Early Life (§ 1)

Studies and Travels (§ 2).

Basis of Literary Activity (§ 3).

Various Works (§ 4).

Attitude Toward the Reformation (§ 5).

Relations with Luther (§ 6).

Doctrine of the Eucharist (§ 7).

Closing Years (§ 8).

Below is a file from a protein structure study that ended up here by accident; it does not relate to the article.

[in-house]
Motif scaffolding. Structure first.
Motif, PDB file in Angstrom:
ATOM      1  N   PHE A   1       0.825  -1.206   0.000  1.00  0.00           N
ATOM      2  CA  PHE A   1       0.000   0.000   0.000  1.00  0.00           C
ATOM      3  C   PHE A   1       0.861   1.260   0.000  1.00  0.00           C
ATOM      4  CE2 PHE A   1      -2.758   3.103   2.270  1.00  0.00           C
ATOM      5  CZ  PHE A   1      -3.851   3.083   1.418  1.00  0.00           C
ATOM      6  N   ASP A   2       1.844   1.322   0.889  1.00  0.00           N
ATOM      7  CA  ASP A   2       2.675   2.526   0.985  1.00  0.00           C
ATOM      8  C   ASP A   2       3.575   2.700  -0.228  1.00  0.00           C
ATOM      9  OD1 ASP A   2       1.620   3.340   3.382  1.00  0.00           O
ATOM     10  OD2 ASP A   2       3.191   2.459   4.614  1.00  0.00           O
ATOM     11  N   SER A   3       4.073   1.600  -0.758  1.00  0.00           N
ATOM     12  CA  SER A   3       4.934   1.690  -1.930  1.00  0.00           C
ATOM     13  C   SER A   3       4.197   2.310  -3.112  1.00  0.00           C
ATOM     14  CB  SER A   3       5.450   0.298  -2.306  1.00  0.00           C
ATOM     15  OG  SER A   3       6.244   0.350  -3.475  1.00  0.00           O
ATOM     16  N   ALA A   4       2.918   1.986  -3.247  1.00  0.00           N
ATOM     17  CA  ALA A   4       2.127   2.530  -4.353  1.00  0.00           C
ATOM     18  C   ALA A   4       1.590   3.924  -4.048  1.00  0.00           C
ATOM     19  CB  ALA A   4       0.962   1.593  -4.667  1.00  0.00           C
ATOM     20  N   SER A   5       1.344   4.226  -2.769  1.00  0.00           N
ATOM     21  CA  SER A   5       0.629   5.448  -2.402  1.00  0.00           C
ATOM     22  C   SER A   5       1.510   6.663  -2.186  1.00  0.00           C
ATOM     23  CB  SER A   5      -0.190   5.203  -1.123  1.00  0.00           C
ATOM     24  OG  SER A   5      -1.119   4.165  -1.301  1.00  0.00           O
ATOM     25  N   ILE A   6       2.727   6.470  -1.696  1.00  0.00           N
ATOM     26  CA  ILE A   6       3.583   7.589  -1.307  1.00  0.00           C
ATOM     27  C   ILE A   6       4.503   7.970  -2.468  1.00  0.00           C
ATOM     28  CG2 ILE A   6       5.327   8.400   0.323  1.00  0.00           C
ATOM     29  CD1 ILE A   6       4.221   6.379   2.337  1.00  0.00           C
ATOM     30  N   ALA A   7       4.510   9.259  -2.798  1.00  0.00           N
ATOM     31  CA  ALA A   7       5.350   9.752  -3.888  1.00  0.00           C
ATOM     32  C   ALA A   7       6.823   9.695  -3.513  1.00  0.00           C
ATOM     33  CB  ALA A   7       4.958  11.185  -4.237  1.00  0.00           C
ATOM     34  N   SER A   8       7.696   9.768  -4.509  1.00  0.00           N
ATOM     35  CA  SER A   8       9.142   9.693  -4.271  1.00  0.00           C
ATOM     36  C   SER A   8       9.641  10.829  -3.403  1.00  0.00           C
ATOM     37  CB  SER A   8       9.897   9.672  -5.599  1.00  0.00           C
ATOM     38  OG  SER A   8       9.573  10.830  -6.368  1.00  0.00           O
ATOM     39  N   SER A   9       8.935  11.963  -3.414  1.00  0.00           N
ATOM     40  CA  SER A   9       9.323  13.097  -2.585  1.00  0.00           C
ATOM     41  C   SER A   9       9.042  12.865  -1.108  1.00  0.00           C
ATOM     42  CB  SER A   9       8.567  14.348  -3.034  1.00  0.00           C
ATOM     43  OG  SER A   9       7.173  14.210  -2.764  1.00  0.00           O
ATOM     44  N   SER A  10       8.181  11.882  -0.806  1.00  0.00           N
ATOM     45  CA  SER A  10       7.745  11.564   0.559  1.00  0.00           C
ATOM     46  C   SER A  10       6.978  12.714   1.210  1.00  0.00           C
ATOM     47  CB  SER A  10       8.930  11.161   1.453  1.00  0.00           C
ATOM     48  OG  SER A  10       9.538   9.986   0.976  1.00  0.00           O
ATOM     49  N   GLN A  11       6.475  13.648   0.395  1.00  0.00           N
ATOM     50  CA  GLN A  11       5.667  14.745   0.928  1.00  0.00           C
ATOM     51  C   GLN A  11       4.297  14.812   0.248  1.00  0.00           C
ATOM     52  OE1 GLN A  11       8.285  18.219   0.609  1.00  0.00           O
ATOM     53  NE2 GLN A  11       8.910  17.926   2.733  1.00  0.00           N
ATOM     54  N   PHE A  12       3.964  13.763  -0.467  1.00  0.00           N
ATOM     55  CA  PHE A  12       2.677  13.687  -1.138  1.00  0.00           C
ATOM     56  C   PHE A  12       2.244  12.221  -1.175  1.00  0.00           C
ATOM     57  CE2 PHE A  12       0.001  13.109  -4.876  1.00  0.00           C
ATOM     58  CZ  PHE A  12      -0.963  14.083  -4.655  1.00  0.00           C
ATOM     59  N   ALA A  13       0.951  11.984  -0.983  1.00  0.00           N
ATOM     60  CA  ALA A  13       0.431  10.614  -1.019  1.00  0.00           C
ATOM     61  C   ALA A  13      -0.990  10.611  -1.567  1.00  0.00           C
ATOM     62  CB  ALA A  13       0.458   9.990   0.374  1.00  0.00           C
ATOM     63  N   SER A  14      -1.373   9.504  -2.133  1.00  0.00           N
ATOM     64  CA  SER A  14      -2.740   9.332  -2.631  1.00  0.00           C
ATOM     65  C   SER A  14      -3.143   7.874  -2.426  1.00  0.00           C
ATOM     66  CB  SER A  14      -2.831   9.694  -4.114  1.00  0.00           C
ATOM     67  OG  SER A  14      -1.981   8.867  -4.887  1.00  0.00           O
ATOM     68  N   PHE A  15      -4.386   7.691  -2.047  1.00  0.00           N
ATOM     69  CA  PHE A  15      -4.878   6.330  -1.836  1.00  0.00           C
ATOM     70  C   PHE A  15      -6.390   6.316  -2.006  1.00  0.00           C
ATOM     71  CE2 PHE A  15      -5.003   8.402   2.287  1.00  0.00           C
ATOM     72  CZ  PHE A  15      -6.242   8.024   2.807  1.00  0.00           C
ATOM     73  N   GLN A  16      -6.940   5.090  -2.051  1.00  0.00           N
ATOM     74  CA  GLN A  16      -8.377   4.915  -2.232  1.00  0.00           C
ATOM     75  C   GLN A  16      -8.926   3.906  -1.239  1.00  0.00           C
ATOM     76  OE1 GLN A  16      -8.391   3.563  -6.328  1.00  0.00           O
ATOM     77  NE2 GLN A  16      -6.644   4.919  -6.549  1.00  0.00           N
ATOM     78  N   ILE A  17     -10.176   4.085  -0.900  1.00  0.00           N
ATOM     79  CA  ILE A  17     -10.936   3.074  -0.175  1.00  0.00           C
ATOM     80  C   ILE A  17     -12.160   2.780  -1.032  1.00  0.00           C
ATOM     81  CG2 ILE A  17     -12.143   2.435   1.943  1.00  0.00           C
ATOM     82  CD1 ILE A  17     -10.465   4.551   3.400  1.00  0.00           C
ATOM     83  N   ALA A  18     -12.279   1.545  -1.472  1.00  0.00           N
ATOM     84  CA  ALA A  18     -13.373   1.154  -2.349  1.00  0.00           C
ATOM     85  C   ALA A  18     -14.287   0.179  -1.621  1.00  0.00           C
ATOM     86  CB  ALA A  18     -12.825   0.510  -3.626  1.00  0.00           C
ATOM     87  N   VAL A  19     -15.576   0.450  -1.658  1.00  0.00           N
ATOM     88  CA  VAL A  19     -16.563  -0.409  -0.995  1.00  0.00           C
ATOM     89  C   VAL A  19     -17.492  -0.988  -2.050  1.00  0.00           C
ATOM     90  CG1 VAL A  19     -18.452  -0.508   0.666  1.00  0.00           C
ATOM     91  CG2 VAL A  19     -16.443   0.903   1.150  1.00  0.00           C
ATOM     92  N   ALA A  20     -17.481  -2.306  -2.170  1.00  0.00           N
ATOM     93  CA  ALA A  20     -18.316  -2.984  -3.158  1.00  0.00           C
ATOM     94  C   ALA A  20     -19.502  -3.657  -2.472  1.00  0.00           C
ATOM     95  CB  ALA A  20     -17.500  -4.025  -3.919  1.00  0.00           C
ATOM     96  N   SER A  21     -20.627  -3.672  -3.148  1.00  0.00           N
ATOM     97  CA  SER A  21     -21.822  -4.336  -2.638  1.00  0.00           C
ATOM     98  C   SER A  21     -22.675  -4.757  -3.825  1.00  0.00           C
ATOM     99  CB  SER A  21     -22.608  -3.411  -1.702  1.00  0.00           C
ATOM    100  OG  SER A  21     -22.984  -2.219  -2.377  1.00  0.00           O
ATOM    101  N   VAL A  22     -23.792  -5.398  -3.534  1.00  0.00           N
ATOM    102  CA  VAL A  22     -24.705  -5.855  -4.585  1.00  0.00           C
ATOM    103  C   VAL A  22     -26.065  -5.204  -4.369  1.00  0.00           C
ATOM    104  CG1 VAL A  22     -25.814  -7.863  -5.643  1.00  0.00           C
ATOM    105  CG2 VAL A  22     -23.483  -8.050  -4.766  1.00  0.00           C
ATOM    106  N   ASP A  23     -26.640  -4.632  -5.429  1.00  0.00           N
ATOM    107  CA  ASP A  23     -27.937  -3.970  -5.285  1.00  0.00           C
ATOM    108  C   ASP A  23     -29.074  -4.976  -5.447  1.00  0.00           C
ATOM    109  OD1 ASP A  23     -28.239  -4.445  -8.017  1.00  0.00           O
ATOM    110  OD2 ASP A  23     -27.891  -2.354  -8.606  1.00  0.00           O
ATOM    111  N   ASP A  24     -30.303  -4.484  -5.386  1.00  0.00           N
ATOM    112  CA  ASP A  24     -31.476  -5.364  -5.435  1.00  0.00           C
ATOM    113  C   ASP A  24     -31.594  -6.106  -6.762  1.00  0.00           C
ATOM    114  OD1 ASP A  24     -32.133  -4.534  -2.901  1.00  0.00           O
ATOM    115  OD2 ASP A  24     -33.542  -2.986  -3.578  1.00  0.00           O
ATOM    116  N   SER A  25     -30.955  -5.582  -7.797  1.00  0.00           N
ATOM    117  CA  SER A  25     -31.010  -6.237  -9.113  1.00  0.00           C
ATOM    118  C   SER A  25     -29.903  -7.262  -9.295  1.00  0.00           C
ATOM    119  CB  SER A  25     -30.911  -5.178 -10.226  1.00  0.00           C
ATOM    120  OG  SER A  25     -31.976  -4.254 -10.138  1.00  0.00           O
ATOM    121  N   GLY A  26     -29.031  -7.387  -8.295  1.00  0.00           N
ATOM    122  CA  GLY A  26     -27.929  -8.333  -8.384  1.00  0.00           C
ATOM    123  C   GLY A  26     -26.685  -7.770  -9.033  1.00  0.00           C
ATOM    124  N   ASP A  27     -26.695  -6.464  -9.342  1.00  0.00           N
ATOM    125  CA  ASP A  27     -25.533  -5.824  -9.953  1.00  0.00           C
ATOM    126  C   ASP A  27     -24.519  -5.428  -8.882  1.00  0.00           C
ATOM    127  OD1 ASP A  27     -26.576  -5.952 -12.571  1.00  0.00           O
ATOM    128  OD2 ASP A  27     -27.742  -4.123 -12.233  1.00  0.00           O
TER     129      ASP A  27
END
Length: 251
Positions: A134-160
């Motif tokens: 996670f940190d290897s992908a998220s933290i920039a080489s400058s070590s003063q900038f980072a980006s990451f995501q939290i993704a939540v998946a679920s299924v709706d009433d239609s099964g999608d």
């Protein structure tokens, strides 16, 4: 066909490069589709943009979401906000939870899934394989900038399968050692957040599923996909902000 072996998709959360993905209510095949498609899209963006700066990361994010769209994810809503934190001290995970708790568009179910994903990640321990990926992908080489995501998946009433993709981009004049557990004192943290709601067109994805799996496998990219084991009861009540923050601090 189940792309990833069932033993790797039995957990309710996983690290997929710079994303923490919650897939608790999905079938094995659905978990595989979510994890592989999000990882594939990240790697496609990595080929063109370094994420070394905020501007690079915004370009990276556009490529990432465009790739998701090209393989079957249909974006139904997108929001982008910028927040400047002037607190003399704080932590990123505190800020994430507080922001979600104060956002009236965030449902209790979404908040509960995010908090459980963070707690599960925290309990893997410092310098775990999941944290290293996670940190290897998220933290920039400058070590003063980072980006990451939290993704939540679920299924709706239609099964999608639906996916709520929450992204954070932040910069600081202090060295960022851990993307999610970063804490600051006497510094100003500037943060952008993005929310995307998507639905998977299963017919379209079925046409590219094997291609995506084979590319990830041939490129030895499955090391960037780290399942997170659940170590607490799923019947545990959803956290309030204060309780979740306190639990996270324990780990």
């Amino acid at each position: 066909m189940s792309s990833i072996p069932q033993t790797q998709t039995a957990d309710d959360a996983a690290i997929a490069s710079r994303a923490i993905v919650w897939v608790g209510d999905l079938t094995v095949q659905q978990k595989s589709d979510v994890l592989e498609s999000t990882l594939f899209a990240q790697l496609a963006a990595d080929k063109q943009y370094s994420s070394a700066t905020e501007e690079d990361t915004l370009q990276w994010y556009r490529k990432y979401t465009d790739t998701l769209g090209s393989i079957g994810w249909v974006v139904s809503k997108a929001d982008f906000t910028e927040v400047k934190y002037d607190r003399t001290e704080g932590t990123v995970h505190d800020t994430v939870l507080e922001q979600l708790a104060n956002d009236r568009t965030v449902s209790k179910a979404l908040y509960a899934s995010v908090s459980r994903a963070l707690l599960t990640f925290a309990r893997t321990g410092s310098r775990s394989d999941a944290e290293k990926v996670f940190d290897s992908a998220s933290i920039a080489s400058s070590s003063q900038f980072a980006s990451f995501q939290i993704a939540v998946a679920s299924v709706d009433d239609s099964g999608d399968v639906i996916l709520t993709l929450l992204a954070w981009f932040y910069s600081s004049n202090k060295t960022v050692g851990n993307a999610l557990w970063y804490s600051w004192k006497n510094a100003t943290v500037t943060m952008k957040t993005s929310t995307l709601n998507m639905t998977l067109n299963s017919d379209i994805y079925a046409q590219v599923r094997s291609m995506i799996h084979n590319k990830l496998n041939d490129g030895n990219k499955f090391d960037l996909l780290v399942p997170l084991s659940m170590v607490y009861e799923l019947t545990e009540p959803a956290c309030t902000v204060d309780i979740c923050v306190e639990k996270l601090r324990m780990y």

1. Early Life. Desiderius Erasmus Roterodamus, Dutch humanist and theologian, was born at Rotterdam, Holland, Oct. 27, probably 1466; d. at Basel, Switzerland, July 12, 1536. Information as to his family and early life comes from a few meager accounts written or suggested by himself at a somewhat advanced age and from many but vague references in his writings at all periods of his life. There seems good reason to believe that the tone of self-pity that pervades all these accounts was assumed for purposes at which one may guess, but as to which one can not be certain. He was doubtless born out of wedlock, well cared for by his parents till their early death, and then given the best education open to a young man of his day in a series of monastic or semimonastic schools. All this early education is made by him in the light of later experience to appear like one long conspiracy to force him into the monastic life, but there is no other evidence for this, and recent criticism has suggested ample motives for his desire to give his life-history this peculiar turn. He was admitted to the priesthood and took the monastic vows at about the age of twenty-five, but there is no record that he ever exercised the priestly functions, and monasticism was one of the chief objects of his attack in his lifelong assault upon the evils of the Church.